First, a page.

Secondary school pupils in Scotland will continue to wear face coverings in class, according to new guidance from the Scottish Government.

A more cautious approach is being taken, advised by clinicians including chief medical officer Dr Gregor Smith, to provide ample time for 12-15 year olds to take up the first dose of vaccination.

A sharp drop in cases across the country has slowed, with figures rarely dropping below 2,000 per day in the past three weeks.

Face coverings in communal areas for secondary pupils and staff, as well as primary staff, will also continue.

The new guidance is contrary to reports last week that the need for face coverings would be dropped when pupils return from the October break.

But Education Secretary Shirley-Anne Somerville has said the restrictions will be lifted “at the earliest possible time”.

“In recent weeks we have seen the previous sharp decline in Covid-19 case numbers starting to level off, and that is why we have decided to adopt a cautious approach and maintain safety mitigations in school for the time-being,” she said.

“Progress with vaccinating 12-15 year olds has been remarkable and is already over 40 per cent.

“However, this was only rolled out a few weeks ago and allowing further time will mean that that encouraging figure rises even higher.

“This decision is based on advice from senior clinicians and takes account of the most recent data.

“We will continue to monitor case rates on a weekly basis, with a view to lifting restrictions at the earliest possible time.”

Ms Somerville added: “While I fully understand that this will be disappointing news for some young people and their parents, as has been the situation throughout, the safety of children, young people, and all education staff, remains the overriding priority.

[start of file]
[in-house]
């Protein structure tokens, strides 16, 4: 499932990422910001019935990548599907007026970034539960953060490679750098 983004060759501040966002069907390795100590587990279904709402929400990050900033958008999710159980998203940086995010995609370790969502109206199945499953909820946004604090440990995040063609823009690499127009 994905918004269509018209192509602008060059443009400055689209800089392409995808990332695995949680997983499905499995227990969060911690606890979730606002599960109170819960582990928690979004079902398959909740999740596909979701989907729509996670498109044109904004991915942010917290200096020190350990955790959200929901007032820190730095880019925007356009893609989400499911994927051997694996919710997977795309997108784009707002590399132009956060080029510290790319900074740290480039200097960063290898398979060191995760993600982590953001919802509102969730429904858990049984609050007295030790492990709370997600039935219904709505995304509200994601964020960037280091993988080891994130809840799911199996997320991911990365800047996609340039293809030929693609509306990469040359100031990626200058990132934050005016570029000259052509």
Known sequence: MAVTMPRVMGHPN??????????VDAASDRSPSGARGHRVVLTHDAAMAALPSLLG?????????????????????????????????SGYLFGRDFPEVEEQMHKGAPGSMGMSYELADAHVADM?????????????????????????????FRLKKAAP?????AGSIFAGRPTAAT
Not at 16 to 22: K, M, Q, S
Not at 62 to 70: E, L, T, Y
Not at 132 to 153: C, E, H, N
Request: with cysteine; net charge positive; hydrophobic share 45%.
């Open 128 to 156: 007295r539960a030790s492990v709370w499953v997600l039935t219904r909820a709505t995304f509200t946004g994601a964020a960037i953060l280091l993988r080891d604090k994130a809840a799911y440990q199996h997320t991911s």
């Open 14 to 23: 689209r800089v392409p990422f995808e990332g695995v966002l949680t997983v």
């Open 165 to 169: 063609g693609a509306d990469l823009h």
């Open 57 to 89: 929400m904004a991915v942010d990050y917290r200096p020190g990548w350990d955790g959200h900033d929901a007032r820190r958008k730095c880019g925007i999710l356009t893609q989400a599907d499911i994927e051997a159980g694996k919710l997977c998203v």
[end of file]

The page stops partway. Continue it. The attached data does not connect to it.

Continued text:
“There is no room for complacency and we must all continue to remain vigilant to reduce the spread of Covid-19.”

Teachers leaders welcomed the move with Larry Flanagan, general secretary of the EIS union, saying they had “argued for great caution in any easing of school mitigations, especially in light of continuing high levels of infection and the incomplete rollout of vaccinations for pupils”.

Mr Flanagan added: “The priority is to keep schools open but as safe as possible, so this delay from the Scottish Government, with regard to easing mitigations, is welcome and will allow, also, more time for ventilation challenges to be met ahead of winter.”

But Scottish Conservative education spokesman, Oliver Mundell, said the continued requirement for face coverings “will come as a massive disappointment to pupils and parents given the SNP strongly indicated that masks in classrooms would end after the October break”.

The Tory MSP said: “Scotland’s schools should have been a priority for the SNP but with facemasks in classrooms remaining, young people have once again been sent to the back of the queue.”